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Mr. King : If the hon. Gentleman reflects on his intervention, he will find the answer. As I said earlier, there has to be good sense in these matters. We cannot talk with absolute precision or lay down a mathematical formula about what should happen. He may have heard me say that a genuine constructive approach is needed. If that is shown, we are halfway there.

We hope that prospects for jobs will continue to improve as they have in the present year, and that that, and the effect of the legislation, at last will produce real and significant change in the differentials of employment and unemployment. The Bill is very timely. If the United Kingdom economy continues to grow, Northern Ireland probably has the best ever opportunity for a fundamental change in its employment prospects. That is the ideal condition in which to achieve a change in balance. We shall keep the operation of the measures under regular review with the help of the commission, and we shall undertake a major review after five years.

Of course I am aware of the criticisms of the Bill, on the one hand from those who believe it goes too far and will open up problems and cause ill feeling between employees wnen none previously existed, and on the other hand that it does not go far enough and has been too lenient with employers.

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To the first I say that it is essential for both communities in Northern Ireland that we are and are seen to be a place where there is fairness and equality of opportunity in employment. That is not the case at present, and it cannot be ignored. As for the "not enough" brigade, led by the hon. Member for Kingston upon Hull, North, they seem to want reverse discrimination, quotas on employers, and the abandonment of the merit principle. That approach has been overwhelmingly rejected not just by employers, but by trade unions, and by the vast majority of people in both communities.

I believe that the Bill has the right approach. It is a powerful measure that can make a real improvement to the whole life of Northern Ireland. It demonstrates without question our determination to promote real equality of opportunity for all the people in Northern Ireland, and I commend it to the House.

5.53 pm

Mr. Kevin McNamara (Kingston upon Hull, North) : I beg to move, to leave out from "That" to the end of the Question and add instead thereof :

"this House declines to give a Second Reading to a Bill which : weakens existing policies in pursuance of fair employment ; fails, in the case of political and religious discrimination, to meet the minimum requirements of the Sex Discrimination Act 1975, the Sex Discrimination (Northern Ireland) Order 1976 and the Race Relations Act 1976 by forbidding outreach schemes and training programmes designed to achieve equality in employment ; does not cover those working less than 16 hours per week, thus excluding thousands of workers, many of whom are female ; weakens the existing remedies available to individuals in obtaining redress against discrimination ; fails to impose a positive duty upon public and private sector employers to pursue equality in employment ; is equivocal over the issues of contract compliance and grant distribution to employers who refuse to adopt fair employment practices and procedures ; fails to meet the minimum requirements for fair employment adumbrated by the Northern Ireland Committee of the Irish Congress of Trade Unions and which ignores the key recommendations of the Standing Advisory Commission on Human Rights, particularly with respect to the question of goals and timetables for the eradiction of discrimination in employment."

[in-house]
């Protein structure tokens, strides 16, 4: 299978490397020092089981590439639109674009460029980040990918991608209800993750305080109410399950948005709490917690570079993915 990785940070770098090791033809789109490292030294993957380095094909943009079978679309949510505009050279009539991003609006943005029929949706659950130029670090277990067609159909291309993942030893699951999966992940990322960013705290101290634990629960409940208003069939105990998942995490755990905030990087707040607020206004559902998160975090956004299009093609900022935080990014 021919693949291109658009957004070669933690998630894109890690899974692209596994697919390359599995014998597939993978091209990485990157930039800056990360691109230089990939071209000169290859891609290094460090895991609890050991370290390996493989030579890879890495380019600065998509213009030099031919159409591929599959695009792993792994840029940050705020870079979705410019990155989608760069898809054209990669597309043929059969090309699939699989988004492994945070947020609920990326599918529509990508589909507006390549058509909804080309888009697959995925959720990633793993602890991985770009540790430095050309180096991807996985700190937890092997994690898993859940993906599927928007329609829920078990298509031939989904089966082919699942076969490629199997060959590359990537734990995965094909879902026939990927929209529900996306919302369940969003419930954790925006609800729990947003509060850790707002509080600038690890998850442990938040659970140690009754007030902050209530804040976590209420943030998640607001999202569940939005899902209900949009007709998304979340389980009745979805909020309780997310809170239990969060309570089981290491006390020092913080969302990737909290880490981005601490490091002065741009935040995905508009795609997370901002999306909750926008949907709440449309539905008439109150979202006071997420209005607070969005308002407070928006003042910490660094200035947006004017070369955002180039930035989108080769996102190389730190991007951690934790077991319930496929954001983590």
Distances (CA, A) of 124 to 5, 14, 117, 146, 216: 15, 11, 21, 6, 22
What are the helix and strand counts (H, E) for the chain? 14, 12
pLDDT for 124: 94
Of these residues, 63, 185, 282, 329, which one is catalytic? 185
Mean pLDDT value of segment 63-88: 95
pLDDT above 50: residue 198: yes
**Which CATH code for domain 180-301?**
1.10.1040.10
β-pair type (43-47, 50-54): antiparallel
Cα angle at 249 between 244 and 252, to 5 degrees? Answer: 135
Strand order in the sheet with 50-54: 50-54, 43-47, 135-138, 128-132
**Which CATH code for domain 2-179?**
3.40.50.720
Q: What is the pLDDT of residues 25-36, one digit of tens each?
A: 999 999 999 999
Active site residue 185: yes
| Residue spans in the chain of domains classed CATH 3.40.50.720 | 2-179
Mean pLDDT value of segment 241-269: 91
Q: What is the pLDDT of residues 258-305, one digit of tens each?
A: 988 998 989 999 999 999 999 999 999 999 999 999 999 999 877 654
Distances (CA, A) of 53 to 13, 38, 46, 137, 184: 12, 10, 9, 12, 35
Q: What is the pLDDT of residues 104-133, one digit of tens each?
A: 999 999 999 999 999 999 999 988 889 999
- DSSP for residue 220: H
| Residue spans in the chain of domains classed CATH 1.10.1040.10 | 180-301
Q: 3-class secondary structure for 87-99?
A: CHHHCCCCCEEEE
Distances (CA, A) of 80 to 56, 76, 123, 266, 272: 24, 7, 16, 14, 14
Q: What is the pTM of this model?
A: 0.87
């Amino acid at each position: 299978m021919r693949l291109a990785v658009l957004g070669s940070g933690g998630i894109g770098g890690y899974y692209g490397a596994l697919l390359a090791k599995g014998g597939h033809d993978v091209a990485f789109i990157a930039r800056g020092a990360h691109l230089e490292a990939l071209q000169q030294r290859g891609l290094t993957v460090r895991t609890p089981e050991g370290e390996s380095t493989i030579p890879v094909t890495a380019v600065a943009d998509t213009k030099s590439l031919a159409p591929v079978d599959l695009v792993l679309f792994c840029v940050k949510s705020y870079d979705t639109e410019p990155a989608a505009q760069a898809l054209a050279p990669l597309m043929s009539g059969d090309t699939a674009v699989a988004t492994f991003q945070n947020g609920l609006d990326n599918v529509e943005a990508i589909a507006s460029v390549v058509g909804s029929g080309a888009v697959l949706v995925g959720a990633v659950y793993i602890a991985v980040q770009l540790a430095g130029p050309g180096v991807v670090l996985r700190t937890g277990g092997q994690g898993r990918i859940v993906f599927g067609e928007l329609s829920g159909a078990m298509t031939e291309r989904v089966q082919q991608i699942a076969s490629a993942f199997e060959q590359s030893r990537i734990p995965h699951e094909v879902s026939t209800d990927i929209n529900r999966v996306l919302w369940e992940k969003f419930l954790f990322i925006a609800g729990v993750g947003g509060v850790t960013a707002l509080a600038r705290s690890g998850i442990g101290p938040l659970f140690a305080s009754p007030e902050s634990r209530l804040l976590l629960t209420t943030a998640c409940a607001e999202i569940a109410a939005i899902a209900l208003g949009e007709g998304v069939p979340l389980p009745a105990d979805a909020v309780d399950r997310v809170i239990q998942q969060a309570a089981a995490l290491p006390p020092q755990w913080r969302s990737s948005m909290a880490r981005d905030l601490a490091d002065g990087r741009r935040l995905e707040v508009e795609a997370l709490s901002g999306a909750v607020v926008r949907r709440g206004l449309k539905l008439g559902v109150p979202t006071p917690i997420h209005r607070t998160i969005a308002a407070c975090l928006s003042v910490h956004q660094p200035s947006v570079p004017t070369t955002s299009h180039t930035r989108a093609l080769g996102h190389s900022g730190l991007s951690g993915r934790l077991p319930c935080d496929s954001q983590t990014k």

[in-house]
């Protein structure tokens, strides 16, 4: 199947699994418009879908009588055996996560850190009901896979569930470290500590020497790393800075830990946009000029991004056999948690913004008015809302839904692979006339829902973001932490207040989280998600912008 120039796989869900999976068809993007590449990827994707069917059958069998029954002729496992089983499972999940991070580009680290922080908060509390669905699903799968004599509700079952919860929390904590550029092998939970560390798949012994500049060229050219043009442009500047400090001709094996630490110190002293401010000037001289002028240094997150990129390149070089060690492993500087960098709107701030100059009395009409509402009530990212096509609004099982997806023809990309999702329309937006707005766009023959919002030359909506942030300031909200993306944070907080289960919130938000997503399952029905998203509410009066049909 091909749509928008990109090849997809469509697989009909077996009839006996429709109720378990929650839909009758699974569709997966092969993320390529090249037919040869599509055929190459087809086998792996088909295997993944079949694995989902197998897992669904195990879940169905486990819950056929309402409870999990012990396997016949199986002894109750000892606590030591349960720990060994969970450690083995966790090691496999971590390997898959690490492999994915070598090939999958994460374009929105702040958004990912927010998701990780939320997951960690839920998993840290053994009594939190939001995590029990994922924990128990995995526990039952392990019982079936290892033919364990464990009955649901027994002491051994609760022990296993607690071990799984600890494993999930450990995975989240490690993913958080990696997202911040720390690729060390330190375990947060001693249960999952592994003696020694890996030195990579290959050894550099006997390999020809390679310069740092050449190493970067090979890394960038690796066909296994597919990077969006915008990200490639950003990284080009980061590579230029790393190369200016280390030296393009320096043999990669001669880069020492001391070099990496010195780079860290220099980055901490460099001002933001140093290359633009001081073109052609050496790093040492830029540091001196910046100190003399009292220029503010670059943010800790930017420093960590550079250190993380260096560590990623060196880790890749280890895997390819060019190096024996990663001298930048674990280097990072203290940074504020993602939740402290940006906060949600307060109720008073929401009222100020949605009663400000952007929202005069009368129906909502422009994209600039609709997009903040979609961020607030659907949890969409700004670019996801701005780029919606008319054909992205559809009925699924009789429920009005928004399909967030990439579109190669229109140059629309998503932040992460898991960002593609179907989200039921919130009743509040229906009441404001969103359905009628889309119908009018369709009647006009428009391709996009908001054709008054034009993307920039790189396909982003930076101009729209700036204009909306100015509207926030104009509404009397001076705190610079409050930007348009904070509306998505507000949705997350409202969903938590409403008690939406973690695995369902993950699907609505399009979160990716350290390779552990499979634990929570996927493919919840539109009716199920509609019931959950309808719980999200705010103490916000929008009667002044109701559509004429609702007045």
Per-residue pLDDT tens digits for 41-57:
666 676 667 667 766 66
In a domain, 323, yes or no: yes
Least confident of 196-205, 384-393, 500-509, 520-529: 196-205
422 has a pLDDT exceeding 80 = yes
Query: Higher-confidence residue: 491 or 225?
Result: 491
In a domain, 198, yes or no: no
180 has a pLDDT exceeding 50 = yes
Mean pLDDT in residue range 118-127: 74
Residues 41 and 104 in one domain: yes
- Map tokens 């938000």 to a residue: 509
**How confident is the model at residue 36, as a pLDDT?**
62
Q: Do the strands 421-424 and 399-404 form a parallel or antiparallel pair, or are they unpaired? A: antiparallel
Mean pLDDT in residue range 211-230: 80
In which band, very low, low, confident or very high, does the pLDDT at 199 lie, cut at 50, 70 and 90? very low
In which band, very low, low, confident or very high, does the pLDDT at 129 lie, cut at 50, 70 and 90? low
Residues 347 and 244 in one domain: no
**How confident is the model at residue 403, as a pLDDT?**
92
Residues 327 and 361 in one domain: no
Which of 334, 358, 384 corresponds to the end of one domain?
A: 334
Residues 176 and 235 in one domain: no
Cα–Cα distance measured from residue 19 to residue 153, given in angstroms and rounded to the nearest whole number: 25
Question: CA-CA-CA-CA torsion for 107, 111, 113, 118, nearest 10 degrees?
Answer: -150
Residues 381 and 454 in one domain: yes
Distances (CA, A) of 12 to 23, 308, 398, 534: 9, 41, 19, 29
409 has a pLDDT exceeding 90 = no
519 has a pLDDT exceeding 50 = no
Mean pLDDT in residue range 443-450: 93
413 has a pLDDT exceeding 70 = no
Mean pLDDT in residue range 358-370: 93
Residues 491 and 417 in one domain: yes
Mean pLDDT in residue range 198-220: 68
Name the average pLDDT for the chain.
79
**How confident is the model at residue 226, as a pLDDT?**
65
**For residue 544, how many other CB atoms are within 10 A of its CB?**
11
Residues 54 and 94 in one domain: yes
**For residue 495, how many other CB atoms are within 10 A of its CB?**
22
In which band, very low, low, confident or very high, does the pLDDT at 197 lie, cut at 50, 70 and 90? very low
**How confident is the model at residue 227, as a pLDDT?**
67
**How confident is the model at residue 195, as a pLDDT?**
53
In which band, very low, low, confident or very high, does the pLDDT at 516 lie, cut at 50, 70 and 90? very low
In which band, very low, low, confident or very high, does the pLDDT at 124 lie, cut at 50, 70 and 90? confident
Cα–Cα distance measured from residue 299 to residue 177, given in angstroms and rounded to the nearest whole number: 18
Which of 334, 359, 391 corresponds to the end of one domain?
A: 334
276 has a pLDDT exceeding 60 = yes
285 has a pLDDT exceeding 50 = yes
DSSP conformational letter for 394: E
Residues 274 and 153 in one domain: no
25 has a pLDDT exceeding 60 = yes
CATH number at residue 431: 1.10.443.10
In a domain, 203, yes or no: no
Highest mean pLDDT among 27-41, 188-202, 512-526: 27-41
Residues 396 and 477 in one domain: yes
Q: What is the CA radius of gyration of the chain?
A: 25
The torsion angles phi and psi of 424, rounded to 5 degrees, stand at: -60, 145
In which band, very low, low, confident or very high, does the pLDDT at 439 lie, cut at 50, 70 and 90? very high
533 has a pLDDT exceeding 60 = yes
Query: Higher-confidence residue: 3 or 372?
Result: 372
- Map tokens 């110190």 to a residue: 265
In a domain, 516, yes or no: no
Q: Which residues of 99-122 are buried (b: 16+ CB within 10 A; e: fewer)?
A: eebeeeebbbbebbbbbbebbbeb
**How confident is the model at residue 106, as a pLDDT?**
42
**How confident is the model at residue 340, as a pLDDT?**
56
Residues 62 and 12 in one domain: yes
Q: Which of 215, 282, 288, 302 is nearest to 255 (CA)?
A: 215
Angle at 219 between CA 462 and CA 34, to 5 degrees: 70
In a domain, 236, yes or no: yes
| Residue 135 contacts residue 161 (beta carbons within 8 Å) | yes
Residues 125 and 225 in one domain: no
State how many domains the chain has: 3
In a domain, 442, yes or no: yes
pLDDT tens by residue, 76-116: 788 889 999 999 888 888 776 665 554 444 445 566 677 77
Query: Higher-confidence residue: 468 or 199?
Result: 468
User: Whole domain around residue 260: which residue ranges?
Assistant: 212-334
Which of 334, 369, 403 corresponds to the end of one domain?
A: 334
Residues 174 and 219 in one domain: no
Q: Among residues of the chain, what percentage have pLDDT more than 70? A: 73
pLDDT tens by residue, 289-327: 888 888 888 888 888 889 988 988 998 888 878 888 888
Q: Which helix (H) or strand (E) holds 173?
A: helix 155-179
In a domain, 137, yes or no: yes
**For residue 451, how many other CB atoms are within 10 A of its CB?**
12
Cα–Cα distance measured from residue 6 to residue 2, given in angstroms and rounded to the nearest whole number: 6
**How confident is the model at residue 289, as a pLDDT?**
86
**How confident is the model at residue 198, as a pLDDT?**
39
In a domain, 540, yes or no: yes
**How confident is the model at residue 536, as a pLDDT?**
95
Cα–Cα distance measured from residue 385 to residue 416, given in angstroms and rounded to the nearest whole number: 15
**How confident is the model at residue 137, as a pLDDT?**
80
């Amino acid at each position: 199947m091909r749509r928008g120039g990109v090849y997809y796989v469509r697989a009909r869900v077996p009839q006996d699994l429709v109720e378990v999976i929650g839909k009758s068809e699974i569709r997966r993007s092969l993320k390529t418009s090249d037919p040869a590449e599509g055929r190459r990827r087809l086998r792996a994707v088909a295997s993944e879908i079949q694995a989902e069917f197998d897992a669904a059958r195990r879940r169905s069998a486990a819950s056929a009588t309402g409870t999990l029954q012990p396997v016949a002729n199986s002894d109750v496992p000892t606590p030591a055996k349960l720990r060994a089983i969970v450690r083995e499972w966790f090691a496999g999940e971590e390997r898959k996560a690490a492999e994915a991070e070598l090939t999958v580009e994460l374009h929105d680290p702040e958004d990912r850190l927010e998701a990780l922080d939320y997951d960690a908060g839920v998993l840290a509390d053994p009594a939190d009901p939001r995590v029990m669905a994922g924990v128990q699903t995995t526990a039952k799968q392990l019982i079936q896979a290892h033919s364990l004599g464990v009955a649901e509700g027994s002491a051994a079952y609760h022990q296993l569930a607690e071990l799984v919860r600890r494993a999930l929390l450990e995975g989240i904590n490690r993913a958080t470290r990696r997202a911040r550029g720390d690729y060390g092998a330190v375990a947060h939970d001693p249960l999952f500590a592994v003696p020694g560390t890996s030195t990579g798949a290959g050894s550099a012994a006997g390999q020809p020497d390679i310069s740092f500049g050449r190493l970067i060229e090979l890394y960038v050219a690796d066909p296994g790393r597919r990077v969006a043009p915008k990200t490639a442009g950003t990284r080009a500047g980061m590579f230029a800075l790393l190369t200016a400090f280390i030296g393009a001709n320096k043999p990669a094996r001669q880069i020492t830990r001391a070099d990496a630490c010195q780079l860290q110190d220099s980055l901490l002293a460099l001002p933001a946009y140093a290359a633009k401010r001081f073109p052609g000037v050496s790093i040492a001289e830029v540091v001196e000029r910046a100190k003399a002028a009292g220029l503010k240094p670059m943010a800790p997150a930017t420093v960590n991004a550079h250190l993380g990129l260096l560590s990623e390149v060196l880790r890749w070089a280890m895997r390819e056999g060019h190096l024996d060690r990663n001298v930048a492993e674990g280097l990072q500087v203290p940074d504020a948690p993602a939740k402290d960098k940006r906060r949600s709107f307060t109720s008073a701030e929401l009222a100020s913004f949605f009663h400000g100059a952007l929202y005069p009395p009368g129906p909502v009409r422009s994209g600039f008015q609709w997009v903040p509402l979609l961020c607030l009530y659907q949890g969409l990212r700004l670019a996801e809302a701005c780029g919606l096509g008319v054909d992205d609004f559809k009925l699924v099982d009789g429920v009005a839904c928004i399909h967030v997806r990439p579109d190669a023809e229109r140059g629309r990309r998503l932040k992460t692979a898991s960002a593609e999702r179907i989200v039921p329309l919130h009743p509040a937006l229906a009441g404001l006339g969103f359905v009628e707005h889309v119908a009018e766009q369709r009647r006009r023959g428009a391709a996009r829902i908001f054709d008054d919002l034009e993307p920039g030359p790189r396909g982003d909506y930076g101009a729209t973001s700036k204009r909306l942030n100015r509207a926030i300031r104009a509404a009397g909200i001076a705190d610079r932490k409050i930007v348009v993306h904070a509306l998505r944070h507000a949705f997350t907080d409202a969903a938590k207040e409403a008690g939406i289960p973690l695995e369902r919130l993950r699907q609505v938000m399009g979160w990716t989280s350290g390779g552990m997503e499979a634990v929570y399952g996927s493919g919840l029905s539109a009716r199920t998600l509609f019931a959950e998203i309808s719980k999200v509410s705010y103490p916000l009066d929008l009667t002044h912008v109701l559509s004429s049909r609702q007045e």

I listened to part of the peroration of the Secretary of State about the great period of expansion that will take place in Northern Ireland. I hope that the 400 people working at Harland and Wolff who received notice today agree with him, despite the fact that steel cutting is no longer to take place at Harland and Wolff.

Twenty-three years ago today, I took my seat in the House. The same day I joined the Campaign for Democracy in Ulster and enrolled in the Campaign for Social Justice. I mention that to show that I have been concerned with discrimination and inequality in Northern Ireland before and since it became a fashionable issue. From the early days of the civil rights movement, a number of Labour Members, including my right hon. Friend the Member for Salford, East (Mr. Orme), recognised that discrimination in employment was a major grievance which had to be remedied. Otherwise, we knew, the pent-up frustration and anger would lead to an outbreak of discontent. At that time, the Government of the day, unfortunately one formed by the Labour party,

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did not listen. The outbreak occurred and we are living with the consequences of the inadequacies of successive Governments. In 1975 a working party chaired by our former colleague Sir William van Straubenzee produced a report which, had it been acted upon, would have achieved real progress. Instead we enacted a watered-down version, the Fair Employment Act 1976. The lack of progress by that Act in reducing the extent of inequality of employment in Northern Ireland has been fully established by the Policy Studies Institute. As the Secretary of State pointed out, the extent of the problem which has to be tackled has been demonstrated by the ratio of Catholic and Protestant male unemployment of 2.5 : 1, an appalling figure when we consider that the 1976 Act has been in operation for 13 years.